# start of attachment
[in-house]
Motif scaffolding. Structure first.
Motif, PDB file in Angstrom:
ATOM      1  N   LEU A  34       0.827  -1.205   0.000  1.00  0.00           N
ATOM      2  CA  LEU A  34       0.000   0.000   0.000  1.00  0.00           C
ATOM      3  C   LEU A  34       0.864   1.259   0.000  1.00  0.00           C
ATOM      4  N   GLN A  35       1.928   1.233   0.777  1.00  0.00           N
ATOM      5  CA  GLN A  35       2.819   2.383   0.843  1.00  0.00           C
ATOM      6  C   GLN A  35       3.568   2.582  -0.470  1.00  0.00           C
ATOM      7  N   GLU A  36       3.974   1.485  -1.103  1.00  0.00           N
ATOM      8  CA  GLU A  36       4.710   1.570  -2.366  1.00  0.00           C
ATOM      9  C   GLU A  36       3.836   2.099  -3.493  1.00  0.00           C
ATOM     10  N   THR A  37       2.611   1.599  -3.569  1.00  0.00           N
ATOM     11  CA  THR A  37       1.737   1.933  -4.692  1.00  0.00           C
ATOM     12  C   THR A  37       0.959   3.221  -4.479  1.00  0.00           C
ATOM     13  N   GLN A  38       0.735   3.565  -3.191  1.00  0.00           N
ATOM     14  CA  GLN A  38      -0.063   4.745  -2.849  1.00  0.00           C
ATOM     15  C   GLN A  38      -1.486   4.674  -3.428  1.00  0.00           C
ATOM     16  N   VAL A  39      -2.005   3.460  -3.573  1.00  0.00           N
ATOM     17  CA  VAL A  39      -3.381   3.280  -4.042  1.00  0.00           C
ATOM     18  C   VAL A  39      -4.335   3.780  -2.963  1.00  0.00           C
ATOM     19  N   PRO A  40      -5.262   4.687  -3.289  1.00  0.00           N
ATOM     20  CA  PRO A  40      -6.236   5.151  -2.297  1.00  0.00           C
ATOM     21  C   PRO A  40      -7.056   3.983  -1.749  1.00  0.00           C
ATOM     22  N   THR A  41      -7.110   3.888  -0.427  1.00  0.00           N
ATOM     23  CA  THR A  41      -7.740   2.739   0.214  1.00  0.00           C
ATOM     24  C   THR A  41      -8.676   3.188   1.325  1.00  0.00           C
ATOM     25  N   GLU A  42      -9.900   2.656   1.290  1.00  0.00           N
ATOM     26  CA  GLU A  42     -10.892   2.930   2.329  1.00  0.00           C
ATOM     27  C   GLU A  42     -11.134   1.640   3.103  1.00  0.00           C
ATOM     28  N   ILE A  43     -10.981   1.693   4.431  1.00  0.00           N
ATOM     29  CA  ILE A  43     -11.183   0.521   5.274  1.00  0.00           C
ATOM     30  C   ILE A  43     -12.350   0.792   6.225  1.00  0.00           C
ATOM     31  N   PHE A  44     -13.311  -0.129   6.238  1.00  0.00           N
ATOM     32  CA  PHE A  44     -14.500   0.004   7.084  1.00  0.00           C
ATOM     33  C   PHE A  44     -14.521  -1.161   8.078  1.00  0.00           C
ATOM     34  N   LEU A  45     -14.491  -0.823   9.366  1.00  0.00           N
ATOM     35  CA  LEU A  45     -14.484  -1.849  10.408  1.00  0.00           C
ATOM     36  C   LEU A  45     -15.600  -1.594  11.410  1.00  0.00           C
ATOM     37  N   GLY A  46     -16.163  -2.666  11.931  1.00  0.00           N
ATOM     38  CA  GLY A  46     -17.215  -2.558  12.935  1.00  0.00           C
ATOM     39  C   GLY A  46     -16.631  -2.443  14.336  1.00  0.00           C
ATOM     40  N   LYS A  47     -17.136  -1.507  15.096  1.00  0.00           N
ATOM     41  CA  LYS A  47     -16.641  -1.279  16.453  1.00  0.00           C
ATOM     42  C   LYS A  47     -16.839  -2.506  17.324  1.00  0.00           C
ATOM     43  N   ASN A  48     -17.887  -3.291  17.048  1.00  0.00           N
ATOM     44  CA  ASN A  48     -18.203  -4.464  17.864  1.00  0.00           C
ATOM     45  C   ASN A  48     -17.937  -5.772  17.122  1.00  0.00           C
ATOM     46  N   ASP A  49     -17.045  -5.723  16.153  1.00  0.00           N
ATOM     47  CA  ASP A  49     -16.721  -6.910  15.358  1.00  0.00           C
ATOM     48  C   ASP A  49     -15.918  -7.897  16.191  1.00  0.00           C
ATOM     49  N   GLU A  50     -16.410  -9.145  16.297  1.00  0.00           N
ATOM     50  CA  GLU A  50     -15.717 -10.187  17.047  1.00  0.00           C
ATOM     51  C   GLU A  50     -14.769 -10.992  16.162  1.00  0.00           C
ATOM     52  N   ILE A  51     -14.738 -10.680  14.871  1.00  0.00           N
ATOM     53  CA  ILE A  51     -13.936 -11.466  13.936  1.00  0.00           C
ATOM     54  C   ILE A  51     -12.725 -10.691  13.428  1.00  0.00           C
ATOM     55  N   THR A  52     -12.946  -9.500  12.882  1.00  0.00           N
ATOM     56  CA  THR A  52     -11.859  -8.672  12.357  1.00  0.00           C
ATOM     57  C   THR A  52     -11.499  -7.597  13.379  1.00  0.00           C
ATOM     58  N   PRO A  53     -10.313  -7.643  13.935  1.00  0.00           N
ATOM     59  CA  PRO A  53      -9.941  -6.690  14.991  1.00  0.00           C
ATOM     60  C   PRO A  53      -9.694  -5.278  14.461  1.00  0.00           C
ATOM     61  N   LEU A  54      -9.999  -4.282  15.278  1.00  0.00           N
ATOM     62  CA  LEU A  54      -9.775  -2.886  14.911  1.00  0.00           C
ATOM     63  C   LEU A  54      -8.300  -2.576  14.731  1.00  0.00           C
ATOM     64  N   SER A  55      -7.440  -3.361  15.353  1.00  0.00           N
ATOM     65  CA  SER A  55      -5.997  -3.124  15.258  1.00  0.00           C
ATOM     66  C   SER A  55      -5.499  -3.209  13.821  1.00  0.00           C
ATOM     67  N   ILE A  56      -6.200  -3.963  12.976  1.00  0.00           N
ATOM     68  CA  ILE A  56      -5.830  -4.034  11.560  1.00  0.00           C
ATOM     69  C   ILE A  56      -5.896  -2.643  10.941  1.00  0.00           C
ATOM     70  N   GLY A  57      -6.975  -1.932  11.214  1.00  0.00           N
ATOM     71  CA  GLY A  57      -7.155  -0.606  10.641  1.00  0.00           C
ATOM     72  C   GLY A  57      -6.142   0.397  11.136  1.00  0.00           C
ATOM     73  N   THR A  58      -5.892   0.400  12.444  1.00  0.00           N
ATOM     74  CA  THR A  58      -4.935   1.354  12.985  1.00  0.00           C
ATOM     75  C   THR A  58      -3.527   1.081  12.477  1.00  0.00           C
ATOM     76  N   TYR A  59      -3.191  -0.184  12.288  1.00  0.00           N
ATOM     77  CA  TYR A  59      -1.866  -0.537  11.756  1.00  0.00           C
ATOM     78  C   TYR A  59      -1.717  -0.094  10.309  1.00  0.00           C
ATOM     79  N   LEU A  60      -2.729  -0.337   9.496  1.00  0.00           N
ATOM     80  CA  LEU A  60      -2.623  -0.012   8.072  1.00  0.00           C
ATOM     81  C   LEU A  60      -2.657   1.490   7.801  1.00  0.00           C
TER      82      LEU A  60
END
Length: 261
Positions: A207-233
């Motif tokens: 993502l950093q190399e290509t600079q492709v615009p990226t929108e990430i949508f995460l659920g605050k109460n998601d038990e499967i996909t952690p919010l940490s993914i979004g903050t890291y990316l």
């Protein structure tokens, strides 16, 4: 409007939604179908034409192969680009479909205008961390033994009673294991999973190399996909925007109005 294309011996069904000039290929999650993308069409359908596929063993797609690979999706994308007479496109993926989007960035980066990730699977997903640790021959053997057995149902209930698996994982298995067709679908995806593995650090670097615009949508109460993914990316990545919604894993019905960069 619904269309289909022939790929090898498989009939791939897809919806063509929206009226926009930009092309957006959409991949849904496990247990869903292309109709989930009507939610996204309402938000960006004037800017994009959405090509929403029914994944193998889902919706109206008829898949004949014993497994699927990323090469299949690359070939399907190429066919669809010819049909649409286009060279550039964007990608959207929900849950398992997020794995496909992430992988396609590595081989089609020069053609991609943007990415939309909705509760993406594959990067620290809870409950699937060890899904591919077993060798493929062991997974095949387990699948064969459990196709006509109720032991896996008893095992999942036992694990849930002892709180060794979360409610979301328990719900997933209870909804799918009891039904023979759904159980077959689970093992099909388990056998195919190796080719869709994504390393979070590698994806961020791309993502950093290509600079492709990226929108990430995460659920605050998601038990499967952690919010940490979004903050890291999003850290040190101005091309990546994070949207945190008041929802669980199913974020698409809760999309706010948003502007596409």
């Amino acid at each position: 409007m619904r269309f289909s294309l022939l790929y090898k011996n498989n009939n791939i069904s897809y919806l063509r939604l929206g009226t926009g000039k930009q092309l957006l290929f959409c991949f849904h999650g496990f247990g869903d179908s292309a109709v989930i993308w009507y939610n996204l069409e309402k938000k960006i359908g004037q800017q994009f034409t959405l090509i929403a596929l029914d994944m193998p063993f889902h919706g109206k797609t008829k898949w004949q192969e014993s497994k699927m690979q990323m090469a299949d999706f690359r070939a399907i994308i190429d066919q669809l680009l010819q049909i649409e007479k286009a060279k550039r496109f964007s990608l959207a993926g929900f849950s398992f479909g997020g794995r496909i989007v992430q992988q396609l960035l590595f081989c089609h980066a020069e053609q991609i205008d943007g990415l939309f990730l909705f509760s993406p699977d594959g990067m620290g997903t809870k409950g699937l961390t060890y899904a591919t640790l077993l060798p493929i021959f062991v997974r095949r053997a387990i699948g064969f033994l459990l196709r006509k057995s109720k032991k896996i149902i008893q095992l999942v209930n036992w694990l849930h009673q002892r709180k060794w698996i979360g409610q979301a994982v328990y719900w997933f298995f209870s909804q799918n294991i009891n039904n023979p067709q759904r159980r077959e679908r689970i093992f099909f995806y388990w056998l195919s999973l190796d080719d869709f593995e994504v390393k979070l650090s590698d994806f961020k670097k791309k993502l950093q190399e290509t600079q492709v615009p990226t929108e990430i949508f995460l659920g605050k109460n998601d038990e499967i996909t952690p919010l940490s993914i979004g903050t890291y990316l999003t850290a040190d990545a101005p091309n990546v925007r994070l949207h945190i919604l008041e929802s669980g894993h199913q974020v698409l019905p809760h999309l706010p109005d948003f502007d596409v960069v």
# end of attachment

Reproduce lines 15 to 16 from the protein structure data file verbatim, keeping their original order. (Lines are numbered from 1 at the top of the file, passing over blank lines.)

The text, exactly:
ATOM     12  C   THR A  37       0.959   3.221  -4.479  1.00  0.00           C
ATOM     13  N   GLN A  38       0.735   3.565  -3.191  1.00  0.00           N